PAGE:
She sends him a fancy lunch and he asks her on a date, for which she’s very excited.  Unfortunately, he brings along a campaign strategist and the two chat all night, leaving Jacqueline to seethe.  “Don’t you ever think of anything but politics?” she yells at him when they argue on her doorstep.  “I just like what I do, I guess,” he says and Jackie asks him if his “other girls” mind his work ethic.  She’s about 10 years too early for that crack, because soon enough those girls will become his work ethic!  But, they kiss and she melts.

In short order, she has to break up with her fiance and get over to London to cover the coronation.  Don’t ask one coronation.  There was only one in the 20th Century that mattered.  On a double-decker bus, she finds people horrified at the money wasted on the coronation.  Jackie then has another problem: their fathers.  Black Jack hates Joe Kennedy because he blames him for losing his money when Joe was head of the SEC, not to mention a host of other sins (some of which Joe probably committed, some of which Black Jack probably committed).  A phone call in Foggy London Town excites Jackie, until she realizes the purpose of Jack’s call is to remind her to bring home books on foreign politics she promised to get him.  She has to drag them all the way back and she’s not happy.  In the middle of a harangue right there at the airport, he asks her to marry him.  “You sure you’re not doing this to get out of paying for the books?” our super sassy soon-to-be Senator’s wife asks.  She says yes, and is then told to keep it a secret so his image as an eligible bachelor can be kept, at least for now.

Black Jack is not happy!  He’s raging about hating the Kennedys when John shows up to meet the old buzzard.  It start uncomfortably, until Jack Kennedy asks Black Jack to turn on a fight on the TV and they can drink over the fight.

That was easy.  Now it’s time to meet the Kennedy clan, playing football when first encountered.  Joe Kennedy (Stephen Elliott) loves nothing more than competition and they force Jackie to play, in heels and pearls.  After Jackie is knocked to the ground, that’s it for her.  Her aversion to sports at Hyannisport would be legendary.  “I’m afraid your family will kill me before I marry into it,” she tells Joe Kennedy, who can only think of her class and “ziparoo” in order to boost Jack’s career.  Jackie then lets loose with her terms for marrying Jack.  It’s a high-energy speech and Joe approves, saying, “you’re gonna be a great wife…and more importantly, you’re going to be one hell of a First Lady.”  Note what’s missing in this exchange, the infamous financial bargain apparently struck between them that would appear in Kennedy miniseries.  No, no, this one is still the Camelot-approved version.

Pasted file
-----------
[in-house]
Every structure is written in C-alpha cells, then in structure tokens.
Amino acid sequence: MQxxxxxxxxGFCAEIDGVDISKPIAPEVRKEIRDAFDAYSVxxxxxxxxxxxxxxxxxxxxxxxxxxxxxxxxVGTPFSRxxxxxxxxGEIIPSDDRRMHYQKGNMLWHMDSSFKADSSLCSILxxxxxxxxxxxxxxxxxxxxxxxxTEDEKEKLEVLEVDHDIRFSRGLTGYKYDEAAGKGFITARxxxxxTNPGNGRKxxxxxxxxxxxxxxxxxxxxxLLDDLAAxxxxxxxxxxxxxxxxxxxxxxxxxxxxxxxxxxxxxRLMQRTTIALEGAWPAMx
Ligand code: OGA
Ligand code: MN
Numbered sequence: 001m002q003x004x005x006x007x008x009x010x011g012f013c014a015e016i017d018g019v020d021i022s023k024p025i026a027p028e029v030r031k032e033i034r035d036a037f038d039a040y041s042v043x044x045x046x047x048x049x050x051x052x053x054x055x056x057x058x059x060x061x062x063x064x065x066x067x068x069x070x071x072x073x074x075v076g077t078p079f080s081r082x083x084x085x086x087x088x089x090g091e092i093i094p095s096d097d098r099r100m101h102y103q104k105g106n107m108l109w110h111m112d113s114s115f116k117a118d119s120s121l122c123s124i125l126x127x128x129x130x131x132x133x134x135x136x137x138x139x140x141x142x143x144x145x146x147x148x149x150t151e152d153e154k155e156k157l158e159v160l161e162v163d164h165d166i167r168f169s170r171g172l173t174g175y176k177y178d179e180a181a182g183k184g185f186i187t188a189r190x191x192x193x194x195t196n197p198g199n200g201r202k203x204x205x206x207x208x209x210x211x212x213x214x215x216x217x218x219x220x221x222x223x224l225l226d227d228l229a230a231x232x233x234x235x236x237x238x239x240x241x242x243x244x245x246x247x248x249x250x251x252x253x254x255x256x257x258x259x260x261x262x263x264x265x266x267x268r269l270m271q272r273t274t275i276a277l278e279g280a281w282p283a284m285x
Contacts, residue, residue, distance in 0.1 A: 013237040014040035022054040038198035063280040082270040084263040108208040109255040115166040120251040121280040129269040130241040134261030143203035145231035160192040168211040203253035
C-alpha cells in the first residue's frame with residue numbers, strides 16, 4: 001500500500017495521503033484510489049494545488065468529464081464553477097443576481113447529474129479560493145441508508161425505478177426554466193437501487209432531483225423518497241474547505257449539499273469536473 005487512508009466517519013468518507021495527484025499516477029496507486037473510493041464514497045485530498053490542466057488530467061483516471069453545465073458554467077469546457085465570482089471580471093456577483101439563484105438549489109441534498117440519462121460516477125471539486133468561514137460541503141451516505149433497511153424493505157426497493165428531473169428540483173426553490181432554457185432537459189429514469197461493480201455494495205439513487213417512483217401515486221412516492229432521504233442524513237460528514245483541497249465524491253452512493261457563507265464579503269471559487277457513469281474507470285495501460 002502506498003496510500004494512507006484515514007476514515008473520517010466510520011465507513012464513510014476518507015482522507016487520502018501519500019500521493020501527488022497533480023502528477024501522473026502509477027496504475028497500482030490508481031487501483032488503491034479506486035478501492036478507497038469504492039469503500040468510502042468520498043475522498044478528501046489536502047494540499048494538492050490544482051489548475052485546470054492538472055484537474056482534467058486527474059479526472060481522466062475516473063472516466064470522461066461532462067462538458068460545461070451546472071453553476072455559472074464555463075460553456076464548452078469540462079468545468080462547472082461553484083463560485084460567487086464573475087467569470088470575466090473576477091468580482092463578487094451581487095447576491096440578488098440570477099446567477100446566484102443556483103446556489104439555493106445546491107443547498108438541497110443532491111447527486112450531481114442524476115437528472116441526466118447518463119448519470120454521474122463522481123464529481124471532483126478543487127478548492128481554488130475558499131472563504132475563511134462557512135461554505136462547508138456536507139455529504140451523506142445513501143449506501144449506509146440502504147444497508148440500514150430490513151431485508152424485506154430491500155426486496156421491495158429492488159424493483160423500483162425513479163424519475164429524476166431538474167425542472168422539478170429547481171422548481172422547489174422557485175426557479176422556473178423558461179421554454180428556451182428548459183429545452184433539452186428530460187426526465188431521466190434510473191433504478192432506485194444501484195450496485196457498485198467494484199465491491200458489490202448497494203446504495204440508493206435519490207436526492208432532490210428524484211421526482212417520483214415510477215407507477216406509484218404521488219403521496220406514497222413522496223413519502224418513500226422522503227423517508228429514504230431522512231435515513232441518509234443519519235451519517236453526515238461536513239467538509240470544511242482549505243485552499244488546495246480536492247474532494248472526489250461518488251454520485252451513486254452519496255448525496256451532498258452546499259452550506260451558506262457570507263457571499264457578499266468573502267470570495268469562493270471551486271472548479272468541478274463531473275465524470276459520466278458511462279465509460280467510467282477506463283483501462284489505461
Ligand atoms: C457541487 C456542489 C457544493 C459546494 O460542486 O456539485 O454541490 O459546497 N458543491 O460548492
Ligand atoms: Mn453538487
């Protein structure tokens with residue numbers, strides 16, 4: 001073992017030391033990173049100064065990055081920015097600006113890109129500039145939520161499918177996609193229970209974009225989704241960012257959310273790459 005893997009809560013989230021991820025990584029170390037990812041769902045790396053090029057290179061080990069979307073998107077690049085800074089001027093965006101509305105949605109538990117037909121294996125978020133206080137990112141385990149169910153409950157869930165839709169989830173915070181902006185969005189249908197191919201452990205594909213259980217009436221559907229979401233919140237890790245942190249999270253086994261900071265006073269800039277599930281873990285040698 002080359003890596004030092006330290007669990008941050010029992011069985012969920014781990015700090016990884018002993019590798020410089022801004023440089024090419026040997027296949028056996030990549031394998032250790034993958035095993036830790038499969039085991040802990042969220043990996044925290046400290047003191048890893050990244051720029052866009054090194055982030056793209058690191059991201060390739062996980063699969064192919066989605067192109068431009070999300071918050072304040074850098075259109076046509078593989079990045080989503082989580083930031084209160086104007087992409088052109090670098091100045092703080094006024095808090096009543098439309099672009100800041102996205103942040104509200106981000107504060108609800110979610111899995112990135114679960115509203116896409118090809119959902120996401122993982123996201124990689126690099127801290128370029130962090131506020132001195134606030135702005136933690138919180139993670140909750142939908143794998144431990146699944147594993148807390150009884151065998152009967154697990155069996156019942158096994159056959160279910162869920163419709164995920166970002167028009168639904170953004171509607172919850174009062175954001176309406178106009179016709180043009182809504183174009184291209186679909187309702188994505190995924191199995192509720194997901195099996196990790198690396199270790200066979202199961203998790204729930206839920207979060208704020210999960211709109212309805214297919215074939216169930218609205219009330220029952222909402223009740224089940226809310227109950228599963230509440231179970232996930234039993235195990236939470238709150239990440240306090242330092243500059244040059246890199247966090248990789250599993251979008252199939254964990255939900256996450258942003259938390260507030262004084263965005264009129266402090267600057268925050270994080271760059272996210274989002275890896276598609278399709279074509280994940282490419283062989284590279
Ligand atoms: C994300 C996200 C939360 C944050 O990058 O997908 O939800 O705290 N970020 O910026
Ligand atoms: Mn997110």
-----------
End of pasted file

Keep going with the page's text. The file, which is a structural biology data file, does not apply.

Plans for the wedding turn into a series of stroke-inducing battles between Joe Kennedy and Janet Auchincloss, but done as a comic montage.  Poor Black Jack has to beg a store for a cutaway, his credit long gone at any store.  “That girl, my daughter, is all that is holy to me…a cutaway…I want to prove to that mob who Jacqueline’s real father is,” he says to the store owner, who agrees.  He’s full of bravado for the press, but nervous enough to head straight for the bar.

Janet insists that Hugh give her away.  “He’s earned the right,” she says, and tells Jackie how nervous Black Jack is, playing doom-and-gloom by saying he may not even show up.  And of course that’s what happened.  Jackie puts off the walk down the aisle as long as possible, but when Black Jack is nowhere to be found, Hugh steps in to walk Jackie down the aisle.  Lee looks.. .oh, wait, sh doesn’t seem to be at the wedding anywhere.  The Kennedys are sort of cut in half too, but it’s far more obvious to lop off an only sibling.  As the couple pronounces their vows, the hotel manager finds Black Jack passed out on his bed.

Jackie chooses a gorgeous house for her family, gets pregnant and is then horrified at how it’s used by Jack’s cronies discussing his political future (feet on the table, cigar ash on the rugs and more).  Jackie as Martha Stewart is appalled.  Political disappointment comes quickly when Jack loses a bid for Vice President.  Old Joe never wanted it for him anyway.  But, Jackie doesn’t get to comfort her husband.  That’s handled by a political team member who comes barging into the hotel suite.  Jack gets a summons from his father in France, but Jackie says she can’t go.  He tells her to stay with her mother.  “I can’t play nursemaid and be in politics,” Jack yells at her, but it makes no difference.  “You seem to have forgotten one thing, Jack.  When things go wrong and you go running to your family, that’s what I am,” but it falls on deaf ears.